by Lyle Daly | Updated July 21, 2021 - First published on Sept. 17, 2019
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You won’t believe these facts about debt.
If you live in the United States, you’ve probably heard a lot about debt over the years. It’s a frequent subject in the news, and many of the big facts about debt are commonplace at this point.
But in the studies we’ve done on personal finance, we’ve also uncovered some facts about debt that most people don’t know. Here are the seven that we found most surprising.
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As you might expect, people who are debt-free are more likely to express satisfaction with their lives. In our research on the psychological cost of debt, an average of 83% of those without debt were satisfied with life, compared to 70% of those with debt.
What’s interesting is that the type of debt has a huge effect on whether you’re satisfied with your life. Only 64% of people with medical debt expressed satisfaction with their lives, which was lower than any other type of debt. In contrast, 86% of those with mortgages said they were satisfied with their lives.
Despite debt being commonplace, that doesn’t stop people from being embarrassed by it. We asked consumers with six different types of debt if they were ashamed of it, and in each case, over half of them said yes.
Here were the types of debt and the portion of consumers ashamed by each one:
Considering the criticism millennials have gotten about their financial decisions, you’d figure that they’re racking up far more debt than previous generations. But when it comes to credit card debt, it’s actually the opposite.
We investigated this in our study on American credit card habits, and it turns out that millennials are the generation that’s least likely to have credit card debt. In our research, only 56.7% of millennials have credit card debt, compared to 67.6% of Generation Xers, and 65.6% of baby boomers.
The average amount of credit card debt for millennials is $5,453, whereas Generation X has an average of $6,627, and baby boomers have an average of $6,800.
Your age when you get your first credit card can have a significant impact on how much debt you carry.
Our research found that those who get their first credit cards from the ages of 21 to 24 have the most credit card debt at $6,461. The next highest are those who get their first card from 18 to 20, with an average of $6,050.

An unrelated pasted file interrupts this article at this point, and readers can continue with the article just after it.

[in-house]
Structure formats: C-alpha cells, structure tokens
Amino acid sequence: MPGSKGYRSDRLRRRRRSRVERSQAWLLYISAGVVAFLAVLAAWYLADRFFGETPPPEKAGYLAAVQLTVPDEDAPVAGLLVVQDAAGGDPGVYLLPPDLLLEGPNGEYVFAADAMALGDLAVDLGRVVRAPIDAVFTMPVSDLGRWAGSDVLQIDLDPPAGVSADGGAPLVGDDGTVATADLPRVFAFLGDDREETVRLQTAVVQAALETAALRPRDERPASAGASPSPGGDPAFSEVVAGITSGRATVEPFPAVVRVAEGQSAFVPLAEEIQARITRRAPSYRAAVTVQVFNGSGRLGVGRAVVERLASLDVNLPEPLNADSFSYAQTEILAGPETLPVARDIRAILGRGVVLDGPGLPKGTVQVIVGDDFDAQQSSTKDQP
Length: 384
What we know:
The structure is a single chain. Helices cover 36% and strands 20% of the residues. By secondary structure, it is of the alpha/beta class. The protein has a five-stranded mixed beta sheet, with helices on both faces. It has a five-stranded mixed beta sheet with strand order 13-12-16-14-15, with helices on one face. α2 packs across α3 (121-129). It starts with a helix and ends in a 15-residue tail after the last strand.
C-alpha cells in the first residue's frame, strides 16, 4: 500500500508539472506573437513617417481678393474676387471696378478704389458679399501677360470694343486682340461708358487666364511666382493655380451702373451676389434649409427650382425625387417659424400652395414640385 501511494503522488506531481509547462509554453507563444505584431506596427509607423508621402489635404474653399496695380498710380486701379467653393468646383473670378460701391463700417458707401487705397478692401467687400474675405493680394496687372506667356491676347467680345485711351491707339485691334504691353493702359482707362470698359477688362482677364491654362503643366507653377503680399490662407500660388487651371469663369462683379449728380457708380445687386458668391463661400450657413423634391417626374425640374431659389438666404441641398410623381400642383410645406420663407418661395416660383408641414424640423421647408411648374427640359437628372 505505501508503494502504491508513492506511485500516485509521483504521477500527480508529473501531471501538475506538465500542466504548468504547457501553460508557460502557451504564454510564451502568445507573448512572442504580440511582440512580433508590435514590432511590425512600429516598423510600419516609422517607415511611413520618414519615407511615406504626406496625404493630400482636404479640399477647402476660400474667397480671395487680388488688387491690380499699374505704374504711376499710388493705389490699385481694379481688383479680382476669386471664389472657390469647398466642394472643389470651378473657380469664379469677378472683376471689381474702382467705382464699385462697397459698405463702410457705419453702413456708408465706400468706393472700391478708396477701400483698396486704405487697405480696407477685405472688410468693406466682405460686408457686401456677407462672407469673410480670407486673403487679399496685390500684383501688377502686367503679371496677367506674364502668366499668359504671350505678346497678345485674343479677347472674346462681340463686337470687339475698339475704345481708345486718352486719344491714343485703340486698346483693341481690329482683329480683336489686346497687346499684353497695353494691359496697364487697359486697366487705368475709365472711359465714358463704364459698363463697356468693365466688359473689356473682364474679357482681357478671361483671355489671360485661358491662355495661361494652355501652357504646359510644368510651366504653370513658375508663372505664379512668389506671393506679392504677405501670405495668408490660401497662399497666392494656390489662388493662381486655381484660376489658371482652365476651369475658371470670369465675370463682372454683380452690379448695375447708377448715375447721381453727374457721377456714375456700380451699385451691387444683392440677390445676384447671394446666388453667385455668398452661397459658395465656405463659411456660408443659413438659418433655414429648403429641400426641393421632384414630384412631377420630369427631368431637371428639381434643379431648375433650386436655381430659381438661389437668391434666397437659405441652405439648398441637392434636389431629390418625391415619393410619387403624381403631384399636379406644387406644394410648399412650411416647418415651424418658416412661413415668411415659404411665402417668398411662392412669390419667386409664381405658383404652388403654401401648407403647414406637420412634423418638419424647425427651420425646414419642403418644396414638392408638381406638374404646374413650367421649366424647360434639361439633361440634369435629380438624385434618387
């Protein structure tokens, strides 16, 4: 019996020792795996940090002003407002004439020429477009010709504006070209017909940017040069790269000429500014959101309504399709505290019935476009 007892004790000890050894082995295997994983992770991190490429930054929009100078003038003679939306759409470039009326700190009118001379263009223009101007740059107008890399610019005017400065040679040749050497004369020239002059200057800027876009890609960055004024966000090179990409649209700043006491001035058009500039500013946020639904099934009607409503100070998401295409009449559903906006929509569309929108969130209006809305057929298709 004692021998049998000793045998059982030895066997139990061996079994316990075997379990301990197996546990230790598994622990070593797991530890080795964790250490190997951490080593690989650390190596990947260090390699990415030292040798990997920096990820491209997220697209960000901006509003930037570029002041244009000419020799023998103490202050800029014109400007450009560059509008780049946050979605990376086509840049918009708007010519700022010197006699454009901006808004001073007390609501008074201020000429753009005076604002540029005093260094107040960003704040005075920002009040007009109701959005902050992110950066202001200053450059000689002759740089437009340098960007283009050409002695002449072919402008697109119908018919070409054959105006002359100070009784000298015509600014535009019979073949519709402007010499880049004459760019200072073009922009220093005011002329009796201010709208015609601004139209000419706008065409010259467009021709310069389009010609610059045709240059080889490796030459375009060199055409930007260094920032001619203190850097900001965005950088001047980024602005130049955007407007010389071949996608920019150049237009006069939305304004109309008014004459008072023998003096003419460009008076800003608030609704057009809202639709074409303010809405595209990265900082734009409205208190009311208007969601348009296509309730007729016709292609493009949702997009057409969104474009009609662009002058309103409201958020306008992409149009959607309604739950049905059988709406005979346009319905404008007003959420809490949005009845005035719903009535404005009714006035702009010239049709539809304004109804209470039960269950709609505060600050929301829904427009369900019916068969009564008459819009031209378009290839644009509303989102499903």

Those who got their first cards before turning 18 (by becoming authorized users on their parents’ accounts) did much better, as their average was $5,537. The group who got their first cards at 25 or older had the best average at $4,234, although we should note that this lower figure could be in part because they’ve had less time to rack up debt on their cards.
Finances in general are a discussion that couples often put off, and debt can be a particularly difficult subject to tackle. It stands to reason that since so many people are ashamed of having debt, it's something they won’t want to bring up with a romantic partner.
When we looked at the financial timeline of relationships, we found that the average couple didn’t reveal how much debt they had until the 10-month mark. That’s later than the first holiday together, the first “I love you,” and meeting the parents.
Financial infidelity, which is any sort of financial deception between partners, is common in relationships. Our research shows that 71% of people in serious relationships have admitted to committing financial infidelity at least once.
Hiding debt or lying about it is the fifth most common type of financial infidelity among both men and women. While 22% of men and 24% of women admitted to doing this, it’s not quite as common as lying about or hiding purchases, but it’s still a problem for many couples.
There are all kinds of ways that Americans define the middle class. The most common is being able to pay bills on time, followed closely by having a secure job.
One of the more surprising responses about traits that define the middle class was having no more than $5,000 in debt. Approximately 20% felt that this was a marker of being middle class. An additional 7.5% felt that being middle class meant not having any debt at all.
One thing that’s clear about debt is that it affects you in many ways. It can reduce your level of life satisfaction, it can cost you money, and it’s something you’ll eventually need to discuss with a serious romantic partner.
That’s not to say debt is inherently bad, but if it’s weighing you down, then it could be time to focus on becoming debt-free.
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